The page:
Opioids in the MSA… Challenges and Strategies

Opioids in the MSA

If seeing the word opioids one more time doesn’t trigger some sort of reaction, whether sadness, anger, desperation, or possibly hope at what appears to be traction to ‘Turn the Tide’ of addiction, then I can only surmise that you must live under a rock! That certainly isn’t the case here, as in our world of MSP compliance, the word opioids is either read, spoken or written every single day. It permeates our industry and our lives.

The most recent example of the profound impact opioids continue to have on workers’ compensation, the MSP industry, and specifically on the Medicare Set Aside (MSA), came from a study released earlier this week by the California Workers’ Compensation Institute (http://www.cwci.org). Those who saw the study became painfully aware that in the state of California,

“Nearly 70% of federally mandated and approved Medicare settlements for injured workers require funding for decades of opioid use, often at dangerously high levels and in conjunction with other high-risk drugs.”

CWCI study and key findings

The CWCI examined data from 7,926 California WCMSA plans completed, submitted and approved by the Centers for Medicare and Medicaid Services (CMS) in 2015 and 2016. To achieve a representative cross section of the state’s MSA cases, the authors compiled its dataset of 7,926 WCMSAs from four national vendors whose work product represented more than 50% of the state’s MSA market.

Overall findings were as follows:

  • $103,393 Average CMS approved WCMSA
  • $48,986 Average RX$ (47.6% of MSA)
  • 69.4% % WCMSAs with opioids (twice the rate of any other drug class)
  • Norco / Vicodin were included in 44% of the opioid inclusive WCMSAs

Also significant were CWCI’s findings when the authors compared opioids found in WCMSAs to a case-matched control group of closed workers’ comp permanent disability claims for similar injuries. This comparison demonstrated that the WCMSA allocations included much stronger opioids, with average morphine milligram equivalents (MMEs) at 45 times the level used in the control group during the life of the claim. In addition, the WCMSAs with opioids required funding for an average daily dose of 54.7 morphine equivalents (MEDs) for a period of 20.9 years.

An industry’s call to action

The realization that opioids represent a major problem with the WCMSA did not come as a surprise to Tower, or to the National Alliance of MSA Professionals (NAMSAP). For the past 2 years, NAMSAP, through its Evidence Based Medicine and Data and Development committees, has been working tirelessly to educate the MSP community as to what happens in the MSA when opioids are prescribed over the life of the claim and remain as standard treatment when the MSA is prepared and submitted to CMS. NAMSAP has hosted multiple webinars to bring industry, regulatory and legislative experts together to discuss the opioid impact, and sent representatives to Washington to discuss our concerns with CMS. At our most recent annual conference, NAMSAP hosted Assistant Surgeon General, RADM Pamela Schweitzer, Pharm.D., BCACP, who shared both her concern for our situation, and her enthusiasm for our passion and our efforts.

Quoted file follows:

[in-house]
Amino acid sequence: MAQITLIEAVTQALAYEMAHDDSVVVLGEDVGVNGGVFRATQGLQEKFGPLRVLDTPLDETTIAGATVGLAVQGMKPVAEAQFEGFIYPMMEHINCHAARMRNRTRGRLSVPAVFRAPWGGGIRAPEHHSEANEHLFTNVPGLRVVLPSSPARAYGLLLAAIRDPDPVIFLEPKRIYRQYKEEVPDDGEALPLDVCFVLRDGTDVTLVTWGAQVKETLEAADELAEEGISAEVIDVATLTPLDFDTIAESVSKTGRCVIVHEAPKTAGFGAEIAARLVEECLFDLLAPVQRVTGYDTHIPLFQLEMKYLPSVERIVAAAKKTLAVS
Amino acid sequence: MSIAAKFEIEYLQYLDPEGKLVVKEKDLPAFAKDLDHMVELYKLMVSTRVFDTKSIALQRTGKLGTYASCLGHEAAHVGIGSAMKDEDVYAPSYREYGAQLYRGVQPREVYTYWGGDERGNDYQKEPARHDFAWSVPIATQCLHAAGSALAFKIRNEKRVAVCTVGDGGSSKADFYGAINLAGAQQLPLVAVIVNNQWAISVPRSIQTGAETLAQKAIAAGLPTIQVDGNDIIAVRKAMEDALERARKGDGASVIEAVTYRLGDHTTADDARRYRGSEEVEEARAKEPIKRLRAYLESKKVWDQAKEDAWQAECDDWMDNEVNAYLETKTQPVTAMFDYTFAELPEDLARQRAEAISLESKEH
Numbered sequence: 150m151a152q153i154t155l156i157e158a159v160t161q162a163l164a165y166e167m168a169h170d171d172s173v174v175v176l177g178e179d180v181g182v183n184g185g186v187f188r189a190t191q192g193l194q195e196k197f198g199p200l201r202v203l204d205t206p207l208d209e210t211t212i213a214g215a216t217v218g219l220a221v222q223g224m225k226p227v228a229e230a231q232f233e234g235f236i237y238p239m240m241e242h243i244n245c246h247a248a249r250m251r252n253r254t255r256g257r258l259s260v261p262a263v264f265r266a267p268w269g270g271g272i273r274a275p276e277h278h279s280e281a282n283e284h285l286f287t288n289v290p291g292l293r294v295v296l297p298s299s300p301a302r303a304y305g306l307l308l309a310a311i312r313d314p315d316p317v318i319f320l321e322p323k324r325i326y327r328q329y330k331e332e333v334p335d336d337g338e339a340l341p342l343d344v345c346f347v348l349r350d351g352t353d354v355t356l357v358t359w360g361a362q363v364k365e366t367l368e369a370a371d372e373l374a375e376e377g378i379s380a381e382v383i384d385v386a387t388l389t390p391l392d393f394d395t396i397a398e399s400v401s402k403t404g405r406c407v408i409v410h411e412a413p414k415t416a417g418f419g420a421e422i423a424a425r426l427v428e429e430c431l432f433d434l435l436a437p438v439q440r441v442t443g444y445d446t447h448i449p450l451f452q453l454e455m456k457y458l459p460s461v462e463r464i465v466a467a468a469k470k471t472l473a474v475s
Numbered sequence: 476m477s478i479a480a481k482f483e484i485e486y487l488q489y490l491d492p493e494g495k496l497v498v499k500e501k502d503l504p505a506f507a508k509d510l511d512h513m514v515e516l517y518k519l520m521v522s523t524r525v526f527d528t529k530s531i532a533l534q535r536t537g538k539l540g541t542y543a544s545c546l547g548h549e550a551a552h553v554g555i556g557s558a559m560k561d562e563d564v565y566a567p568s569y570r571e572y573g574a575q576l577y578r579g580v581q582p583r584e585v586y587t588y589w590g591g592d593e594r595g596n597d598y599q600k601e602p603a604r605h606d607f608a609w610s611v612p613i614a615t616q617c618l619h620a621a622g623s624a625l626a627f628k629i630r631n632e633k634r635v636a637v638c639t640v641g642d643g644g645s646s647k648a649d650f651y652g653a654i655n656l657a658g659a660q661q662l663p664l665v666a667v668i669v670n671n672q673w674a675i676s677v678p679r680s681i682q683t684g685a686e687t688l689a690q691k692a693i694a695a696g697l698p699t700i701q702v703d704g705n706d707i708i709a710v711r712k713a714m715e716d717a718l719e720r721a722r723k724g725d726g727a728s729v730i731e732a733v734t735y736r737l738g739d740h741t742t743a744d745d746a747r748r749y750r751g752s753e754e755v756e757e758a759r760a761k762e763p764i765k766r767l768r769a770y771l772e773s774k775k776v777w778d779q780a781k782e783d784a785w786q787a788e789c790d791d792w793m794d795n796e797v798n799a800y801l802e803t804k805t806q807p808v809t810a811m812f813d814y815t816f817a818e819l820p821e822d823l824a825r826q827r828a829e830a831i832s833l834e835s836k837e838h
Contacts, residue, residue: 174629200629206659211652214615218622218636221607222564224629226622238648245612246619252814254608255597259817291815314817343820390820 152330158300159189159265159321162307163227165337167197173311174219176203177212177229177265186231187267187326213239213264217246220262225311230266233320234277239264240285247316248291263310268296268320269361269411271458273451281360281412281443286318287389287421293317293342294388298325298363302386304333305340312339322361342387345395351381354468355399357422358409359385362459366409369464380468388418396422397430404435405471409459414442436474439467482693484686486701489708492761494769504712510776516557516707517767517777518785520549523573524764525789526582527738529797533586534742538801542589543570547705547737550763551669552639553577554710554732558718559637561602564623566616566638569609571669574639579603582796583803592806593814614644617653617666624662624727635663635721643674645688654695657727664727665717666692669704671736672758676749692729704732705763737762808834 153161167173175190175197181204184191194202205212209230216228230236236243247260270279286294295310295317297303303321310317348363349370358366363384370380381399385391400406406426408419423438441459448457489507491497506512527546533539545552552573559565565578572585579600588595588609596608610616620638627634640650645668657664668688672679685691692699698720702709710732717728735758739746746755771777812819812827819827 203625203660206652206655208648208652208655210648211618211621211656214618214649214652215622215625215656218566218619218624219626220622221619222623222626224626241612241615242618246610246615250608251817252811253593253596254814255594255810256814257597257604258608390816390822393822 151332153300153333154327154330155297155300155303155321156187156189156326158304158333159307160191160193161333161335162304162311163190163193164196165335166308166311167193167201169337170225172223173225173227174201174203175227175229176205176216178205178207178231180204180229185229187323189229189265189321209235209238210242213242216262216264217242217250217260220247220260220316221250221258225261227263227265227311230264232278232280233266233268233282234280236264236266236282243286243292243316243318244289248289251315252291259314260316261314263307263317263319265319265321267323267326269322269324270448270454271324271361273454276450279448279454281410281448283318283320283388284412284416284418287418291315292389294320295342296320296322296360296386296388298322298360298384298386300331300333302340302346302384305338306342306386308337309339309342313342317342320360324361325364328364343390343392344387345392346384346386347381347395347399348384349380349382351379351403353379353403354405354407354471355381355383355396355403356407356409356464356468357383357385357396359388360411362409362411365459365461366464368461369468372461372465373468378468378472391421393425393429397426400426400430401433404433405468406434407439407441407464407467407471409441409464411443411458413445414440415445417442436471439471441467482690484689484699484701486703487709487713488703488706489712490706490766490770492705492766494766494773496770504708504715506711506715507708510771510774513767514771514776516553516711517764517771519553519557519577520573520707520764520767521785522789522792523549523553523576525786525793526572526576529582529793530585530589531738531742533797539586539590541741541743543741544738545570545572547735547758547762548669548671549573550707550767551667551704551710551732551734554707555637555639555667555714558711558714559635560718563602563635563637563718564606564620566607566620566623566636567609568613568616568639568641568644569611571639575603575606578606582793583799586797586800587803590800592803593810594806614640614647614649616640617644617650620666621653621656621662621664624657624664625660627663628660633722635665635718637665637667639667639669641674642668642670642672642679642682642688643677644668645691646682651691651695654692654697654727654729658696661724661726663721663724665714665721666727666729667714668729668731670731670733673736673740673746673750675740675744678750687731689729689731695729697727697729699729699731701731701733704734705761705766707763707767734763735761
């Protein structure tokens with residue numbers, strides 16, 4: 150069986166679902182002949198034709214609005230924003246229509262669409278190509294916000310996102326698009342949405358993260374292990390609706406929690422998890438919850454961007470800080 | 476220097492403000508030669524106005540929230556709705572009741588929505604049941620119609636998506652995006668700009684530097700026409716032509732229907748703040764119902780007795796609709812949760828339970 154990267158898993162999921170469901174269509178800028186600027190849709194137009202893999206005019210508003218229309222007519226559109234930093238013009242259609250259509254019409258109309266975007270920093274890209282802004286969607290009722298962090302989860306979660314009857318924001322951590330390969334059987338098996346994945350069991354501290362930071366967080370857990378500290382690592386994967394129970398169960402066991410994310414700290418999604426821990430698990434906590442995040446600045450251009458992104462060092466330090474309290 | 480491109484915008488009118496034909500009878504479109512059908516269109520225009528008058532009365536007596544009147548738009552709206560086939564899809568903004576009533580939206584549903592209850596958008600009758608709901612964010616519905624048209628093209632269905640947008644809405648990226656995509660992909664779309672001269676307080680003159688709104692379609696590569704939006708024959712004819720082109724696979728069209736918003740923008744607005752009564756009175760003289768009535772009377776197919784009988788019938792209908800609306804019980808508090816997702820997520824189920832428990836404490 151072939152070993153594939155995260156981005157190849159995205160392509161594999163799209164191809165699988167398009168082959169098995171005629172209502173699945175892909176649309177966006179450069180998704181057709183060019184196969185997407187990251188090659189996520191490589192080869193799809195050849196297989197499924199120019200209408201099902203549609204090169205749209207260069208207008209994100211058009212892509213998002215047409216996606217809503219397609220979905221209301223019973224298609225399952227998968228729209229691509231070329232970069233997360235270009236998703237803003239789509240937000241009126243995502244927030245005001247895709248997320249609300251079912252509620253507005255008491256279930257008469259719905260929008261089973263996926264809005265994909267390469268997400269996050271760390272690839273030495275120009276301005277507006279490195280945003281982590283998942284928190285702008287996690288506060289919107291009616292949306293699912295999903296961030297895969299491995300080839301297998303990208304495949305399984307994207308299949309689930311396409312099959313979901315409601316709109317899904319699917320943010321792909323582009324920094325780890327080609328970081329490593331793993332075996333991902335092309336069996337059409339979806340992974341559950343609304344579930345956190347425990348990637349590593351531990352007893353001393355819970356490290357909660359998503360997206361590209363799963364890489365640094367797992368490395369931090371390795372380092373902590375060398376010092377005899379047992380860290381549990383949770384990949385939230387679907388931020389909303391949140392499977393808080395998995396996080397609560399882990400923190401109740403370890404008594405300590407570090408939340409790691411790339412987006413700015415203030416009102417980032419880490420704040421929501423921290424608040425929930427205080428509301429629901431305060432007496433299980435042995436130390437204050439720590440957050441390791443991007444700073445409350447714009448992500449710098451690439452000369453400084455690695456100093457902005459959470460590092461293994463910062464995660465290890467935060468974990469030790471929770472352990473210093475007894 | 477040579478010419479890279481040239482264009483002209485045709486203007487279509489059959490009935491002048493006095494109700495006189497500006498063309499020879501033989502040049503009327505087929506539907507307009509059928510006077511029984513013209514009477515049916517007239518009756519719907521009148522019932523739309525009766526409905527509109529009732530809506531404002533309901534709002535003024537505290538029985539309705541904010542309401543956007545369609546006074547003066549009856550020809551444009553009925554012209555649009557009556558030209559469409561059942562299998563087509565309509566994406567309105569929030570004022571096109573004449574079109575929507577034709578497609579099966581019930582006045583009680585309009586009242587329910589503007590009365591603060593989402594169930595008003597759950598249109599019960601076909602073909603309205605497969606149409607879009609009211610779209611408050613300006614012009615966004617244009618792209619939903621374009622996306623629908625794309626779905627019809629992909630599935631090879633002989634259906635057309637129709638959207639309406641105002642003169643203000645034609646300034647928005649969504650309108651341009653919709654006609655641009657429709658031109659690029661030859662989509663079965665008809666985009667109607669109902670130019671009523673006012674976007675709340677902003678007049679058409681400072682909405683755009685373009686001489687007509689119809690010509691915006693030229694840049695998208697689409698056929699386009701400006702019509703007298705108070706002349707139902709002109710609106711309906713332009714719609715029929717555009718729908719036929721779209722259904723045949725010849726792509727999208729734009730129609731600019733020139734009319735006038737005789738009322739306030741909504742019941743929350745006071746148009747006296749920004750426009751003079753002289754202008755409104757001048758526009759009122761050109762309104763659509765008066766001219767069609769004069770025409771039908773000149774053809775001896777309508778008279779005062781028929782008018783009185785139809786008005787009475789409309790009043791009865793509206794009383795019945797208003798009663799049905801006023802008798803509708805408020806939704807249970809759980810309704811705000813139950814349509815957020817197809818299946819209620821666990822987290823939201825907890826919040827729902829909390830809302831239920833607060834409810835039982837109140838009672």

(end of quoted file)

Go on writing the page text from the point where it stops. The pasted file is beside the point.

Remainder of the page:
With a singular focus among our members, I am hopeful that NAMSAP can successfully modify prescribing behavior and ultimately impact WCMSA outcomes. Unfortunately, this doesn’t benefit carriers, employers, third party administrators and injured workers today.

What are we doing now?

At Tower, the issue of opioid misuse and the importance of pre-MSA intervention has been in the forefront of our business model, our technology platform and our workflow from day 1. Our Pre-MSA Triage service identifies issues long before the MSA and provides practical recommendations to address obstacles. Our integrated technology platform tracks pharmacy triggers and interventions, escalates to our Internal Pharm. D. to contact the treating physician and diaries to track progress until treatment has been optimized. We then finalize the MSA and submit to CMS for approval.

The result of our workflow, our technology and the internal team of clinical, legal and medical experts we’ve built is a streamlined, end-to-end process that identifies issues, tracks progress and drives results for our clients.

Results achieved across all clients:

  • $59,070 Average CMS approved (Non-Zero) WCMSA$
  • 58.7% CMS approved WCMSAs with $0 Pharmacy
  • 22.6% CMS approved WCMSAs that include opioids
  • 61.4% MSA savings through integrated Rx interventions

These are numbers we track monthly through our CMS Reconciliation Module to confirm that CMS performance continues to improve. Our belief is that until prescribing habits change and best practices in opioid treatment can be implemented and enforced, our responsibility is to drive better outcomes through both formal intervention services and consultative oversight. Our clear focus is to limit pharmacy to those medications that are appropriate for long term use, to discontinue opioids where possible and to reduce MED to the lowest level possible when opioids must be included in the WCMSA.

Conclusion

In the words of HHS Secretary, Tom Price, M.D. and Kellyanne Conway, counselor to President Trump,

“Ending the opioid epidemic will require an all hands on deck effort”.

Stay tuned.

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